The West Point High School football team celebrates its 29-8 victory against Laurel on Saturday in the Mississippi High School Activities Association (MHSAA) Class 5A State title game at Mississippi State’s Davis Wade Stadium. Photo by: Chris McDill/Special to The Dispatch
December 6, 2016 9:32:20 AM
WEST POINT -- Continuity is the life blood of most championship programs.
While coaches are fond of talking about how great teams have great players, they often don't discuss the importance of having leaders who understand what it take to make a program special. It doesn't matter if you call it a mind-set or an identity. Championship programs need leaders who can establish a foundation, get their players to buy into that concept, and attack it every day with a relentlessness that dares someone -- anyone -- to stop them.
Roger Burton knows the West Point High School football team has that leader in head coach Chris Chambless.
"He is a good fit here because of his mentality and the way he works," said Burton, who is in his second stint as assistant coach with the program after serving as a coach at Hollandale Simmons and Cleveland East Side. "He is blue collar. He is a hard worker. His teachings rub off on me. He is not only a mentor to me, but he also is one of my best friends in the world. We are not only co-workers, but we also are like brothers. Our families are friends. Everything about us is tight knit. Our whole coaching staff is tight knit."
West Point followed those tenets Saturday en route to a 29-8 victory against Laurel in the Mississippi High School Activities Association (MHSAA) Class 5A State title at Mississippi State's Davis Wade Stadium. The victory helped West Point (14-1) win its 13th-straight game and its eighth state championship, and first since 2010.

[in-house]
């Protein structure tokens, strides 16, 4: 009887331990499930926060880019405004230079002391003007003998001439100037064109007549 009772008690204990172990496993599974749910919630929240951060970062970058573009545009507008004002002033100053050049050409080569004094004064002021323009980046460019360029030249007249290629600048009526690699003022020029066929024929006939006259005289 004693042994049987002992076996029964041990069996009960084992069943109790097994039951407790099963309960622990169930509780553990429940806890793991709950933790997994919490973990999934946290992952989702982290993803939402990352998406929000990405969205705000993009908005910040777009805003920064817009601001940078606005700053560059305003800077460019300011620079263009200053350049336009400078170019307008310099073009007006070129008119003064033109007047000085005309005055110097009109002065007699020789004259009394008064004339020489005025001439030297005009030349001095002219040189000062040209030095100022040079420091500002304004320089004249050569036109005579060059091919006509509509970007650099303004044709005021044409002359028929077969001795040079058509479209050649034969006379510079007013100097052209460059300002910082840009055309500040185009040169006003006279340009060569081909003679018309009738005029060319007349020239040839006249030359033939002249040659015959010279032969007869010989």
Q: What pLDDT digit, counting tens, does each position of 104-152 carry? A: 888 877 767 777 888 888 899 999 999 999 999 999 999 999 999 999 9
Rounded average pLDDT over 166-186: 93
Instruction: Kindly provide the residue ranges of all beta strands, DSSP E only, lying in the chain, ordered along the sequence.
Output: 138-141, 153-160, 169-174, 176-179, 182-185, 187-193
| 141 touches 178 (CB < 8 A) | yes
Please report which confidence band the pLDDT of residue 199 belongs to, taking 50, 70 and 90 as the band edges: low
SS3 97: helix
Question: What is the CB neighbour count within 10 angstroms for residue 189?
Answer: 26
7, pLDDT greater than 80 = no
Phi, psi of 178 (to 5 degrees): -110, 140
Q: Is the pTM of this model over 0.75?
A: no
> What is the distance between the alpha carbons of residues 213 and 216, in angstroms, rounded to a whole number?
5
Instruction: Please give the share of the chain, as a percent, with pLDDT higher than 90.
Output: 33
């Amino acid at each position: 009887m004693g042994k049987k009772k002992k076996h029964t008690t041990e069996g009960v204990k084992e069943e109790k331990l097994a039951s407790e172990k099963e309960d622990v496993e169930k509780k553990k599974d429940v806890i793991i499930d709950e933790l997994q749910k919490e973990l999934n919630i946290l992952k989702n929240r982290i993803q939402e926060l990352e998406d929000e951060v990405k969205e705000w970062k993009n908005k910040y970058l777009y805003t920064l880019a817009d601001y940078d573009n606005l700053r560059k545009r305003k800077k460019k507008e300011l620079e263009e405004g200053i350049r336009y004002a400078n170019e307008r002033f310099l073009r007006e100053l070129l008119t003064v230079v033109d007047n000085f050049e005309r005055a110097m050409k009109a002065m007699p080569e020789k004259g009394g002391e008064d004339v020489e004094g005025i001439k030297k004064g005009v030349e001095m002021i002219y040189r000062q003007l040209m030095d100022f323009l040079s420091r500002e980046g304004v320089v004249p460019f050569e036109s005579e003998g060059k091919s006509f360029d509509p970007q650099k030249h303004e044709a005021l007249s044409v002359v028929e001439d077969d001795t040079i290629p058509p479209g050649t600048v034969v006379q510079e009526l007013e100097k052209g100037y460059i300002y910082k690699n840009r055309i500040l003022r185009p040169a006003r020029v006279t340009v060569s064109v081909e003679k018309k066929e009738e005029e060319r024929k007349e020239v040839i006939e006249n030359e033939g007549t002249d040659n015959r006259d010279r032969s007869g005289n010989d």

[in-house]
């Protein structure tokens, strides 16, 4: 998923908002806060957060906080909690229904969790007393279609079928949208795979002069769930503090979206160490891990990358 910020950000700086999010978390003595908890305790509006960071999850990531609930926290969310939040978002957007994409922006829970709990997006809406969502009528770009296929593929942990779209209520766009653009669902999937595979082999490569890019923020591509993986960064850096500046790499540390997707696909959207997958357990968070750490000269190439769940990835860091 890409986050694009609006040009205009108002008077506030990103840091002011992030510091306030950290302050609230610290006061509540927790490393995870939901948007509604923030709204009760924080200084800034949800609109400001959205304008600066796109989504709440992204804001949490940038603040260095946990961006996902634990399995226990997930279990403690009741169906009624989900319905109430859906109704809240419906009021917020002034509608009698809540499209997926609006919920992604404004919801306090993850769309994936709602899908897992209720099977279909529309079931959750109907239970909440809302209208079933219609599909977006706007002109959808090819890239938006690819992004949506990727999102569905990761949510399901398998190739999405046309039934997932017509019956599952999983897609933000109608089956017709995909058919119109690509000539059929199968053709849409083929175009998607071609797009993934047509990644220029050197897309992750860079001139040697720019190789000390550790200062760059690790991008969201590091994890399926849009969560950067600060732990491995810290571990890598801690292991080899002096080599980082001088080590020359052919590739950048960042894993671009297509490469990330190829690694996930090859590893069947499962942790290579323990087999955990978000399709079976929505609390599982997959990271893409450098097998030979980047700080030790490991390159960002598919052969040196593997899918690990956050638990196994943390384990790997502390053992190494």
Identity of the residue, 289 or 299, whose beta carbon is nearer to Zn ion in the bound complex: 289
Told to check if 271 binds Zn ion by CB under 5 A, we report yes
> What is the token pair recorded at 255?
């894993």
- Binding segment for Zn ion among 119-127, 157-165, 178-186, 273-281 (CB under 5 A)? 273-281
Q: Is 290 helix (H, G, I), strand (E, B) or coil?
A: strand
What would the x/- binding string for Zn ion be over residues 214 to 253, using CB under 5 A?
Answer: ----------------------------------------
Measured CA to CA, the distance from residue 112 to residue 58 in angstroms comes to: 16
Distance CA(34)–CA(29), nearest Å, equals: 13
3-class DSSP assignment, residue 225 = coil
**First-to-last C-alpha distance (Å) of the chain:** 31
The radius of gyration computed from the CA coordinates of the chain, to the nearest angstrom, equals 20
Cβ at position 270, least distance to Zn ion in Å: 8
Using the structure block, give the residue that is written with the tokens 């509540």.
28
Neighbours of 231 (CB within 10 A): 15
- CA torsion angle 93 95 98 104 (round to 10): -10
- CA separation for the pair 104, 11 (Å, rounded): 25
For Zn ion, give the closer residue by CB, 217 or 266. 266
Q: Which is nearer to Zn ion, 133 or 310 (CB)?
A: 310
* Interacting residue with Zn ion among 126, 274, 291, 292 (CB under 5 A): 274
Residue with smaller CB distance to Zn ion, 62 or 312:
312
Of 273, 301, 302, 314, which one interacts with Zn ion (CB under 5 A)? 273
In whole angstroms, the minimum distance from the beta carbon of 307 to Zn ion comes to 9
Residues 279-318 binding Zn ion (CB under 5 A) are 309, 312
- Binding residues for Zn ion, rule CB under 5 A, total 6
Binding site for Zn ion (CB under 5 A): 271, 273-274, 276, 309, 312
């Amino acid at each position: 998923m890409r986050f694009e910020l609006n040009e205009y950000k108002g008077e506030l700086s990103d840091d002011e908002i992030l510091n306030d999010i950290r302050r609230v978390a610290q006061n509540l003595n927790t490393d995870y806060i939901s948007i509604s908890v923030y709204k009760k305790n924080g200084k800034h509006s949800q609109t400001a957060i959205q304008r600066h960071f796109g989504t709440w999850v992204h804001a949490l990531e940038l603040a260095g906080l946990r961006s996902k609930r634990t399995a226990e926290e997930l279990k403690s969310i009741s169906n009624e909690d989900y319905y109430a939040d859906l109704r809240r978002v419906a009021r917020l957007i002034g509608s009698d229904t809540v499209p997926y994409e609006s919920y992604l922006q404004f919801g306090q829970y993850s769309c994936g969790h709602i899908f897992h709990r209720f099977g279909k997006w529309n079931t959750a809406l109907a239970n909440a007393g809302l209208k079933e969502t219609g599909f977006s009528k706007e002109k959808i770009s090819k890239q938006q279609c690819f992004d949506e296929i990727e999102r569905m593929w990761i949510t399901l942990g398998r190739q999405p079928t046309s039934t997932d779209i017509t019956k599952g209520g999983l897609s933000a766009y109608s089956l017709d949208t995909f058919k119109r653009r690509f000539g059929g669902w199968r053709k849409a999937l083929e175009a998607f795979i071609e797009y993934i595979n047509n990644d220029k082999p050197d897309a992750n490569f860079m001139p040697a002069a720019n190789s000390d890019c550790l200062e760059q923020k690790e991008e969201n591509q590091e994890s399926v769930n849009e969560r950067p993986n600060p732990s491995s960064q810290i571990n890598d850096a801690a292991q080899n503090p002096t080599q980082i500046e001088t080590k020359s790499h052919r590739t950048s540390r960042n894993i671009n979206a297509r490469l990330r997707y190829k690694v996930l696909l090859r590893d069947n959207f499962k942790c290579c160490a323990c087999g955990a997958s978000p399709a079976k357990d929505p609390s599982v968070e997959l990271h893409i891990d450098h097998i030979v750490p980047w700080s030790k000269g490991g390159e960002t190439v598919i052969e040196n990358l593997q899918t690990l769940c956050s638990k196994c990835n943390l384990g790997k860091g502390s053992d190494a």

For its accomplishment, the West Point High School football team is The Dispatch's Prep Player of the Week.
The title is Chambless' third in his 11 seasons as head coach. He also served for six seasons as an assistant coach at West Point High.
"I love being at a place where there is a lot of community pressure," Chambless said. "You go to the grocery store and they want to talk about football."
Chambless said the football program's winning mentality is built on a work ethic that starts in the weight room. He said the Green Wave don't shy away from working hard year round to get bigger, stronger, and faster. He said that way of thinking allows West Point to win many of the battles at the line of scrimmage and to wear opponents down in the second half. A new 16,000- to 17,000 square foot field house, which includes weight rooms for the varsity and junior high teams, will aid the Green Wave's conditioning and quest for additional championships.
Chambless leads a staff filled with coaches who know all about the West Point way. Co-offensive coordinators Casey Welch and Brett Morgan have been at the school since 2006 and 2009, respectively. Wide receivers coach Jerry Freemin (2008), defensive coordinator Matt Snow (2012), linebackers coach Ricky Melton (1999), defensive backs coach Charles Herron (2011), and defensive line coaches Burton and Seth Stillman (2014) are the most experienced members of the staff. Running backs coach Alex Williams, who joined the staff in 2015, is the newest member of the coaching staff. Those men have helped make sure the Green Wave never feel what they do on offense or defense gets old.